Would You Split the Cost of Your Engagement Ring? Real Brides Weigh In

Here's what real brides-to-be have to say about going Dutch.
maggie seaver the knot wedding planning expert
Maggie Seaver
maggie seaver the knot wedding planning expert
Maggie Seaver
Wedding Planning Expert
  • Maggie Seaver is an Associate Digital Editor at RealSimple.com.
  • Maggie writes about life, career, health, and more.
  • Maggie was an editor at The Knot from 2015 to 2019.

Have you ever thought about going Dutch on your engagement ring (aka splitting the cost)? Engagement rings are beautiful, meaningful and one of a kind—which means they can also be pricey. According to The Knot 2017 Jewelry and Engagement Study, the average engagement ring spend has reached $6,351 (up from $5,095 in 2011).

When it comes to the idea of splitting the cost of the ring, some couples are vehemently against the idea of going Dutch on the diamond. It's tradition for the proposer to do the ring purchasing after all, and our study reveals the majority of grooms (70 percent) said they decided on the ring budget solo. But others take no issue with it—if you plan to mix finances anyway, it's a price tag that'll end up affecting both of you down the line.

That said, while our survey reports a third of couples hunt for ring styles together, and 70 percent of brides know how much their partner spent on the ring, only 8 percent of grooms actually decided on a ring budget together with their partner.

After combing through our survey, we wanted to hear from members of The Wed Thread, The Knot Facebook group for to-be-weds to talk about all things weddings in a safe place. Here's what they have to say about going Dutch on the engagement ring.

"Splitting the ring cost seems logical to me. In fact, when a couple is paying for their own wedding (such as ourselves) splitting everything from the engagement all the way through the honeymoon is what makes most sense to us. If we plan to spend the rest of our lives together, we are becoming one." —Natalie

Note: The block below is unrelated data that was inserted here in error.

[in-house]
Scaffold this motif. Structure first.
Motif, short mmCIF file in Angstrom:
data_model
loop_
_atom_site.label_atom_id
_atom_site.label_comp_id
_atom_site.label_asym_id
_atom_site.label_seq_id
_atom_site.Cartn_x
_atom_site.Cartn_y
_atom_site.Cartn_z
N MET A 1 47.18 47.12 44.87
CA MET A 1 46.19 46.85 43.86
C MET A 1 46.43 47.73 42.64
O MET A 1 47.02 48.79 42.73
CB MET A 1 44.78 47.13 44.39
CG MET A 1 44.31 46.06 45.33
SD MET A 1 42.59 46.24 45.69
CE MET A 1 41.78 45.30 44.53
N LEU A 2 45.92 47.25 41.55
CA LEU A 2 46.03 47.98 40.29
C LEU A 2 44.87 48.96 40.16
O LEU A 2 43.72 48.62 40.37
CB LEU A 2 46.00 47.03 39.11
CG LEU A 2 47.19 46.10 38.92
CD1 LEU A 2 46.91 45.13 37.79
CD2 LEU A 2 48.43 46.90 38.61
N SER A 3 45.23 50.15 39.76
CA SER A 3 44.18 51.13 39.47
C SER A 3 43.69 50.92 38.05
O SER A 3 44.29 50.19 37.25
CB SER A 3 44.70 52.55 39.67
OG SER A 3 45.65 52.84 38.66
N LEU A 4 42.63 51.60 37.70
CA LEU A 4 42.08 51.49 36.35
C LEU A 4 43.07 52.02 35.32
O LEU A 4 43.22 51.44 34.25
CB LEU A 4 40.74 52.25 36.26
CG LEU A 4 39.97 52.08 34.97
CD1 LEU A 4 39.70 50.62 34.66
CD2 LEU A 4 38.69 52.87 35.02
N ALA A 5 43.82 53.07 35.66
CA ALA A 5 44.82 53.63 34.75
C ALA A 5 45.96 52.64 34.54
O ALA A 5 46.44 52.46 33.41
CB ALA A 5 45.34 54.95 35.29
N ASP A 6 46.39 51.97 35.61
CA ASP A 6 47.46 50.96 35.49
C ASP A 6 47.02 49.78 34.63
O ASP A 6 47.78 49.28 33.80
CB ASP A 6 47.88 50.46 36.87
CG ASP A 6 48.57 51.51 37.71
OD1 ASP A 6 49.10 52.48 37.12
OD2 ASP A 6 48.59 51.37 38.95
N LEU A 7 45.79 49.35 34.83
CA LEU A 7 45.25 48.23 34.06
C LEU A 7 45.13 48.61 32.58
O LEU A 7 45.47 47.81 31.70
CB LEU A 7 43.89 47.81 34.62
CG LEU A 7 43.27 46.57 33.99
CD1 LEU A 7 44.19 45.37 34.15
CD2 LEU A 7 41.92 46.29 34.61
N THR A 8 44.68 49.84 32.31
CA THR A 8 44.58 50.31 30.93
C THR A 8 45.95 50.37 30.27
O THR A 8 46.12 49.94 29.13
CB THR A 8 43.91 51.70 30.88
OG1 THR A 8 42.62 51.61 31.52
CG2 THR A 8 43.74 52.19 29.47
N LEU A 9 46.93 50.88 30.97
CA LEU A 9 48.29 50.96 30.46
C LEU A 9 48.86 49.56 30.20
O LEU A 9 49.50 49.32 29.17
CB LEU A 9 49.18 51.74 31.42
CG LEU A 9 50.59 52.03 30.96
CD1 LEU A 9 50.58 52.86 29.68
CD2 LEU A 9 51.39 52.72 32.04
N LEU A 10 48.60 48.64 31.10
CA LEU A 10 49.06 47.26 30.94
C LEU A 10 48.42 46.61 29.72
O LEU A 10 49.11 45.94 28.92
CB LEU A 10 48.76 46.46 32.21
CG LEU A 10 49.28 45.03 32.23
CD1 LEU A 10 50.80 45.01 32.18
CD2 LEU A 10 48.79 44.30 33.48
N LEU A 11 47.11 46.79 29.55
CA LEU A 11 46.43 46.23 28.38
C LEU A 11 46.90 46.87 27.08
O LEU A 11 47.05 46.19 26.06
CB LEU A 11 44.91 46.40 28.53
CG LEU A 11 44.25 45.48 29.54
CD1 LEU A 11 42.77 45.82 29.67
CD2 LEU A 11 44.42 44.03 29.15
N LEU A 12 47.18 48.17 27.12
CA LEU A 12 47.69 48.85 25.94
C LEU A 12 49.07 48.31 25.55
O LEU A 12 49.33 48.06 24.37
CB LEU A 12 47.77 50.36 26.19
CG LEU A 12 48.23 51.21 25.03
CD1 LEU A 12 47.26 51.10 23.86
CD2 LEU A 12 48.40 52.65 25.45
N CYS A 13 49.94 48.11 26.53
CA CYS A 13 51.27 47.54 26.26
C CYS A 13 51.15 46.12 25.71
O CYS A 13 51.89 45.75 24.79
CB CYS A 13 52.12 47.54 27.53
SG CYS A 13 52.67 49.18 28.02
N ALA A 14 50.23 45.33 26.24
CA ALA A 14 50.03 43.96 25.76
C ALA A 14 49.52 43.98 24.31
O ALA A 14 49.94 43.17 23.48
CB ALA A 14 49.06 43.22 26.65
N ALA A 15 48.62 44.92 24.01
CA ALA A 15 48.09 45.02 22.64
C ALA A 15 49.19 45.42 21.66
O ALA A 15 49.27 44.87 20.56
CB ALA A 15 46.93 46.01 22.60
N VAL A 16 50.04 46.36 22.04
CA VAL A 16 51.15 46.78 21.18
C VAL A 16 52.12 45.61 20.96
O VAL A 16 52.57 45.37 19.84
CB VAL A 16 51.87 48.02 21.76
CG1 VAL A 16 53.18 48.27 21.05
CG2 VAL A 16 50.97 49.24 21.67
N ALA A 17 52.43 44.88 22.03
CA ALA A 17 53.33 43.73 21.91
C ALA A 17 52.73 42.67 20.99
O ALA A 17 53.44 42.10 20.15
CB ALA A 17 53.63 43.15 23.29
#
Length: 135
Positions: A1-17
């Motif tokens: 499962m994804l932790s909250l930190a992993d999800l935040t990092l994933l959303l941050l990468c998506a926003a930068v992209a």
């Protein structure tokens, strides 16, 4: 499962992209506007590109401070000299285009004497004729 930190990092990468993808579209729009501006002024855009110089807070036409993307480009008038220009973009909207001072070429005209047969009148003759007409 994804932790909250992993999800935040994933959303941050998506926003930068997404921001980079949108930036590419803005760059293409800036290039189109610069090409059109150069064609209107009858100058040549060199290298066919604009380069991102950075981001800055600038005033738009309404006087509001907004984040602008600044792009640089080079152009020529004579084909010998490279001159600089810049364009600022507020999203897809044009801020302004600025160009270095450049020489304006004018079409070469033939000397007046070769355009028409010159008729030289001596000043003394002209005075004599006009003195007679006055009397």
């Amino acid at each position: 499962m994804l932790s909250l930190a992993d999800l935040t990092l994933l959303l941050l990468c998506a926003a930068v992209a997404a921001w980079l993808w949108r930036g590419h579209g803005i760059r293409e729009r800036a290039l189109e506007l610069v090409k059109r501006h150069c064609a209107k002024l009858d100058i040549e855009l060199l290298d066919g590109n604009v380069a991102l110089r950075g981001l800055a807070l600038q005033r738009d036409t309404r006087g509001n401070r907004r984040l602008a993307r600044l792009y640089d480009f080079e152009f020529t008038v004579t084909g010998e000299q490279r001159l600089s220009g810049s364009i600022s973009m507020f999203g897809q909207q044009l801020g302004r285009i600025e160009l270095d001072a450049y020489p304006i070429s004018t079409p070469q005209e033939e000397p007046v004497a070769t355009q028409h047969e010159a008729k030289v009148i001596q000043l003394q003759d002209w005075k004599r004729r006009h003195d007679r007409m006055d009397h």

"[My fiancé] bought mine, but I feel like going Dutch is perfectly fine, especially if you want an expensive ring you know [your partner] would have trouble affording." —Chitaia

"We're paying for the wedding bands together because we're a team and building a future together. Plus his dream ring cost more than mine, so I wanted him to have what he wanted since he picked out the perfect ring for me—but he picked out and paid for the engagement ring, mostly because I had no idea and was surprised!" —Ashley

"It depends on the financial situation. If the proposer can't afford [the ring you truly want] on their own, but the two [of you] together can, then yes." —Lisa

"Engagement ring? No, I don't agree with that. But wedding bands, yes. I have planned to buy my future husband's ring and he's planned to buy mine." —Kheleia

"My fiancé bought my engagement ring. It was a complete surprise and he picked the perfect ring for me, and I wouldn't have it any other way. We're buying each other's wedding bands." —Kristen

"[My fiancé] is old fashioned and wanted to start our forever by giving me the ring I wanted on his own. I think it evens out when it comes to the bands." —Jessi

"It's honestly up to the [couple]. If [the proposer doesn't want their partner] to know anything about it, then, no, going Dutch shouldn't be an option in that case." —Ashleigh

Still intrigued? Real brides weigh in on knowing how much their engagement rings cost, right here.

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